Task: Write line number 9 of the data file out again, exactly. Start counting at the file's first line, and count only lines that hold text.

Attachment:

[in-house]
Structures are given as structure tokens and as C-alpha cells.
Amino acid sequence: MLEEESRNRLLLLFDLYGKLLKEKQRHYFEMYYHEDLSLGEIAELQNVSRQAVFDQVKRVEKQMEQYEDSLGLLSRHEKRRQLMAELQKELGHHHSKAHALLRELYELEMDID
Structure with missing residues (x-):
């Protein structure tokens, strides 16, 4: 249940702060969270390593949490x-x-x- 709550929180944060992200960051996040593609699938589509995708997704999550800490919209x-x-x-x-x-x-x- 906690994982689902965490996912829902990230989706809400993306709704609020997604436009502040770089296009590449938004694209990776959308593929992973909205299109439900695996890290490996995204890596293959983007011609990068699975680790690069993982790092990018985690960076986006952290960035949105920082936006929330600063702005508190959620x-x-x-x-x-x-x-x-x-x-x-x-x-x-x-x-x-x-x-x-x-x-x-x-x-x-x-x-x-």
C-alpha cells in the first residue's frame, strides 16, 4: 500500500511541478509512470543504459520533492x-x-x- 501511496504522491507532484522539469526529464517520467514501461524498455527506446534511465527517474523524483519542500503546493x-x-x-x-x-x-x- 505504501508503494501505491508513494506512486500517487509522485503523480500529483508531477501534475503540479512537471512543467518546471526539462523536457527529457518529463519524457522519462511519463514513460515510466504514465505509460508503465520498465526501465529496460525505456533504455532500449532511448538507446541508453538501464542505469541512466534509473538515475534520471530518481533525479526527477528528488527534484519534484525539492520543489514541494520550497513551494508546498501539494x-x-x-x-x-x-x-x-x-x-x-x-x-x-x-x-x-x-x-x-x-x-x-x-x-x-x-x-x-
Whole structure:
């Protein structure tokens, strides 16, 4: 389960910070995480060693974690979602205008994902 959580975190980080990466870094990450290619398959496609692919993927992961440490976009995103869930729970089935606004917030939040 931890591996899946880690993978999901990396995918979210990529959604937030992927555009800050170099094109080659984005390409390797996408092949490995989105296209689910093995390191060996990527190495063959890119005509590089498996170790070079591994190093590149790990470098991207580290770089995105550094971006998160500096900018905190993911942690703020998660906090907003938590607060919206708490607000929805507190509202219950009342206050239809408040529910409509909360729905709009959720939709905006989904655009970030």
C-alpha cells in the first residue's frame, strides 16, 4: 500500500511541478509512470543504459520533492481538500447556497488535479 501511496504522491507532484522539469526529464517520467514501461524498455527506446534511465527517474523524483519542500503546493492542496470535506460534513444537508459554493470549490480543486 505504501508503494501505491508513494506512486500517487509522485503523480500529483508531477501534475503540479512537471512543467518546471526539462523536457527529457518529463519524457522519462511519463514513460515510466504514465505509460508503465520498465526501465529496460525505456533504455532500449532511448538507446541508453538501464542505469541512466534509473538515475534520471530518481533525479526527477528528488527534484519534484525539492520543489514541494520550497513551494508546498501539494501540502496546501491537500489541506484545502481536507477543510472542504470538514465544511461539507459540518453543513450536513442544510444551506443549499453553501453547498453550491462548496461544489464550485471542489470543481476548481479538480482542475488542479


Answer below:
C-alpha cells in the first residue's frame, strides 16, 4: 500500500511541478509512470543504459520533492481538500447556497488535479 501511496504522491507532484522539469526529464517520467514501461524498455527506446534511465527517474523524483519542500503546493492542496470535506460534513444537508459554493470549490480543486 505504501508503494501505491508513494506512486500517487509522485503523480500529483508531477501534475503540479512537471512543467518546471526539462523536457527529457518529463519524457522519462511519463514513460515510466504514465505509460508503465520498465526501465529496460525505456533504455532500449532511448538507446541508453538501464542505469541512466534509473538515475534520471530518481533525479526527477528528488527534484519534484525539492520543489514541494520550497513551494508546498501539494501540502496546501491537500489541506484545502481536507477543510472542504470538514465544511461539507459540518453543513450536513442544510444551506443549499453553501453547498453550491462548496461544489464550485471542489470543481476548481479538480482542475488542479